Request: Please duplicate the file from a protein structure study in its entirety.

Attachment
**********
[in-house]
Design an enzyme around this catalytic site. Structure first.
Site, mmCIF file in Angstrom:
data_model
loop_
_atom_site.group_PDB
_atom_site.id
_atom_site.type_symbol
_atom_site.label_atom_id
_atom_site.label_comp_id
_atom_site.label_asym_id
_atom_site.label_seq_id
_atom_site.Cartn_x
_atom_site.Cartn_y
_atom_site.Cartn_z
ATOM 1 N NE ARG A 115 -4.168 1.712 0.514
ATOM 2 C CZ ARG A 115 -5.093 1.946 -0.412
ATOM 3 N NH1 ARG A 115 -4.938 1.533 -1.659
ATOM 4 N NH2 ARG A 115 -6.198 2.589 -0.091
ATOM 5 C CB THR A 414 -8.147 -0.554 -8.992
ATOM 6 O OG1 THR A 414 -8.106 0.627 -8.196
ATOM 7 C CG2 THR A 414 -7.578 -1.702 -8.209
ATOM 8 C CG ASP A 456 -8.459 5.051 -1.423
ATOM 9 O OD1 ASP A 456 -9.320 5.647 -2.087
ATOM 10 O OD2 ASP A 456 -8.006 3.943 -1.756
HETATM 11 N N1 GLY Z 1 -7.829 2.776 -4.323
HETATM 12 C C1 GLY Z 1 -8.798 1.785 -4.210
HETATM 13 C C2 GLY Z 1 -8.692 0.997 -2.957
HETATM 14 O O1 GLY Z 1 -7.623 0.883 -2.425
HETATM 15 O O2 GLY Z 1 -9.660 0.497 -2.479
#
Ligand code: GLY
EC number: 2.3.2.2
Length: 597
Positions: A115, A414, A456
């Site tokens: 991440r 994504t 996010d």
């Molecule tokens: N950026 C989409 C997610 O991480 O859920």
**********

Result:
[in-house]
Design an enzyme around this catalytic site. Structure first.
Site, mmCIF file in Angstrom:
data_model
loop_
_atom_site.group_PDB
_atom_site.id
_atom_site.type_symbol
_atom_site.label_atom_id
_atom_site.label_comp_id
_atom_site.label_asym_id
_atom_site.label_seq_id
_atom_site.Cartn_x
_atom_site.Cartn_y
_atom_site.Cartn_z
ATOM 1 N NE ARG A 115 -4.168 1.712 0.514
ATOM 2 C CZ ARG A 115 -5.093 1.946 -0.412
ATOM 3 N NH1 ARG A 115 -4.938 1.533 -1.659
ATOM 4 N NH2 ARG A 115 -6.198 2.589 -0.091
ATOM 5 C CB THR A 414 -8.147 -0.554 -8.992
ATOM 6 O OG1 THR A 414 -8.106 0.627 -8.196
ATOM 7 C CG2 THR A 414 -7.578 -1.702 -8.209
ATOM 8 C CG ASP A 456 -8.459 5.051 -1.423
ATOM 9 O OD1 ASP A 456 -9.320 5.647 -2.087
ATOM 10 O OD2 ASP A 456 -8.006 3.943 -1.756
HETATM 11 N N1 GLY Z 1 -7.829 2.776 -4.323
HETATM 12 C C1 GLY Z 1 -8.798 1.785 -4.210
HETATM 13 C C2 GLY Z 1 -8.692 0.997 -2.957
HETATM 14 O O1 GLY Z 1 -7.623 0.883 -2.425
HETATM 15 O O2 GLY Z 1 -9.660 0.497 -2.479
#
Ligand code: GLY
EC number: 2.3.2.2
Length: 597
Positions: A115, A414, A456
């Site tokens: 991440r 994504t 996010d």
């Molecule tokens: N950026 C989409 C997610 O991480 O859920």